Friday, 12 August 2011

Review: Siren by Tricia Rayburn


Publisher: Faber and Faber
Format: Paperback
Released: January 20th, 2011
Grade rating: B/B+

Amazon summary:

Something deadly waits beneath the waves off Winter Harbour, and this summer, no one's safe. Seventeen-year-old Vanessa Sands is afraid of the dark. And heights. And the ocean. And pretty much everything else. Fortunately, Vanessa’s fearless older sister, Justine, has always been there to comfort her. That is until Justine jumps off a cliff near their family’s holiday home in Winter Harbour, her lifeless body washing ashore the next day. Everyone assumes that the tragedy is an accidental result of Justine’s adventurous ways. Everyone, that is, except Vanessa. Vanessa returns to Winter Harbour alone, looking for answers from Caleb Carmichael, Justine’s summer love who was with her when she jumped. But when Vanessa learns that Caleb has been missing since Justine’s death, she joins forces with Caleb’s older brother, Simon, to try to find him.

Review:

I first heard about Siren when it was published in the US last year. Something about it just didn't grab me so I never bought a copy, and it wasn't until a review copy arrived that I decided to give it a chance. Turns out it's actually quite good and I'm surprised at how much I enjoyed it - it's well written, engaging and something new to me. I don't think I've actually ever read a book about sirens/mermaids before this one, but I now want to read more. They're fascinating creatures, even if they do have a tendency to kill the male population!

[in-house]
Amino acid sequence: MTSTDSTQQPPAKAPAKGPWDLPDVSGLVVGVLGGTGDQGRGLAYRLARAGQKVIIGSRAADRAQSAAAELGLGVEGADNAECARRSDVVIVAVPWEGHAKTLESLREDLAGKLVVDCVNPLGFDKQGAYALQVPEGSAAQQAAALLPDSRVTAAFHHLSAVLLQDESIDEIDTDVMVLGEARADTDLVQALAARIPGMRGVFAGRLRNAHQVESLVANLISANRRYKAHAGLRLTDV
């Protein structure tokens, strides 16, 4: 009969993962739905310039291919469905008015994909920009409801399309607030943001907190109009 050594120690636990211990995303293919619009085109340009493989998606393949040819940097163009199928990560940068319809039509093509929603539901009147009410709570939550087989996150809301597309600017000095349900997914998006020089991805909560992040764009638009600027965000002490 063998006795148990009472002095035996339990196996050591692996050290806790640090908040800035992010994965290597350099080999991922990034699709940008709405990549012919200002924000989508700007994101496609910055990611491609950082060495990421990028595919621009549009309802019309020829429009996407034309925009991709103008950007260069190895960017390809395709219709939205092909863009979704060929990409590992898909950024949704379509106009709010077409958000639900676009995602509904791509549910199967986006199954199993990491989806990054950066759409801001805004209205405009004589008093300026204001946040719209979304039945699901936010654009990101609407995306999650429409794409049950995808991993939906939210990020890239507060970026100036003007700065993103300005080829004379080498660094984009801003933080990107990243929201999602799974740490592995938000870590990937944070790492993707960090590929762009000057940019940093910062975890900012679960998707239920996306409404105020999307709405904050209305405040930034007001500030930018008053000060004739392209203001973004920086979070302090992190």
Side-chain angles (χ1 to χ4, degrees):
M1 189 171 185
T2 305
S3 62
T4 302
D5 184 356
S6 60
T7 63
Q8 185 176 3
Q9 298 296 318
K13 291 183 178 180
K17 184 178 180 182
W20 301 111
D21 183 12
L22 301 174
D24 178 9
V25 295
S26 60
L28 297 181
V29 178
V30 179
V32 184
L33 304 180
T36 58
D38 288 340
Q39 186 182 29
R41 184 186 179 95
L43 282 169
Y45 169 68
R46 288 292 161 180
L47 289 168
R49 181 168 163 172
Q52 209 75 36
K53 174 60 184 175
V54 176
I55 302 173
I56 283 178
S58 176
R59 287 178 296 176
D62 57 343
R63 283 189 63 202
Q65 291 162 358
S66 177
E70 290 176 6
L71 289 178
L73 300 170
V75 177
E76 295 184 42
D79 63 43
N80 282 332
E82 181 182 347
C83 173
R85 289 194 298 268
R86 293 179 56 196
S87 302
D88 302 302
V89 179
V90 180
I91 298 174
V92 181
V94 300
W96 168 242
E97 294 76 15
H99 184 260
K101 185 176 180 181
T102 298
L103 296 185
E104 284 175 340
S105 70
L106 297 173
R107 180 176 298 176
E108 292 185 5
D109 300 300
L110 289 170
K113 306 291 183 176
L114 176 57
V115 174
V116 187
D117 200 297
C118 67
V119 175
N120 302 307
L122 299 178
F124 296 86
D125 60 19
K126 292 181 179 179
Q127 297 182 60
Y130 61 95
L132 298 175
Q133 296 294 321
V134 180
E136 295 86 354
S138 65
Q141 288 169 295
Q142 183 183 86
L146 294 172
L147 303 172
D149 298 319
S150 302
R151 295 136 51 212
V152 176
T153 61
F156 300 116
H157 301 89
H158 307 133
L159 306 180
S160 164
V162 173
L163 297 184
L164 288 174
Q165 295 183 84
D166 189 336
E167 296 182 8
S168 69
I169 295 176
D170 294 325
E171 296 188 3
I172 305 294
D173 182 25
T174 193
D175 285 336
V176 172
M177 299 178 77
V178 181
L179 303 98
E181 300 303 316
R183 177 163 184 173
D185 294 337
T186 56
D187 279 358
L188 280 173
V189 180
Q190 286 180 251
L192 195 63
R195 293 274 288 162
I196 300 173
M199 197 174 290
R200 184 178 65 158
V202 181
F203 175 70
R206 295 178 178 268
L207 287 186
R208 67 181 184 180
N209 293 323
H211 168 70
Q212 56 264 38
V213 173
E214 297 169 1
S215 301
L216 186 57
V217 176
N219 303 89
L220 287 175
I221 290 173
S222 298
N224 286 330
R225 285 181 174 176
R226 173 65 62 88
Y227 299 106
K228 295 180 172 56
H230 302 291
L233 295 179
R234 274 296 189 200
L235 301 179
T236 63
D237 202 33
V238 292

Vanessa is left devastated after her sister, Justine, is found dead, and her grief is palpable on the page. She finds comfort in Justine's boyfriend Caleb and his older brother Simon and, as more people turn up dead, they realise the townsfolk are keeping deadly secrets that will ruin everything.

Tricia Rayburn definitely knows how to write YA characters. They all sound as you'd expect teenagers to sound, and there's no unnecessary slang or language inserted to draw attention to their age. Their friends Paige and Raina are less appealing than the main characters, Raina especially, but even they are true to form and hard to find fault with.

Siren gets quite dark in parts, and it isn't a lighthearted read. People die in this story, and not in a magical come-back-to-life way. As the town's number of men diminishes, Vanessa, Caleb and Simon put themselves in danger time and time again to protect Winter Harbor and the people living there. Solving Justine's untimely death is also at the forefront of the plot, and I like how everything unravels and connects as the book progresses.

I enjoyed Siren a lot more than I thought I would. It fits nicely into the paranormal genre, but it's different enough to stand out. If, like me, you've been skimming past it on account of the dark cover and paranormal elements, do pick it up and give it a read. Aside from a few clunky slow parts and one less than desirable character, Siren is a solid book to start this series with. I'm looking forward to reading the sequel!

3 comments:

Mia said...

I havn't read books about Sirens either. This sounds like an interesting read. Thanks for the great review (:

Becky said...

I think I will love this. I really appreciate it when authors don't try too hard with teenage voices. I also like the sound of the darker elements. Fantasttic review.

Scumbag Sam said...

I really want to read this - but I'm having reservations. I've been cradling a book about Siren's in my head for a while and don't want to read this and think 'ah man, she wrote it better' - haha, such a negative person. But I will give this a read as your review is great! :D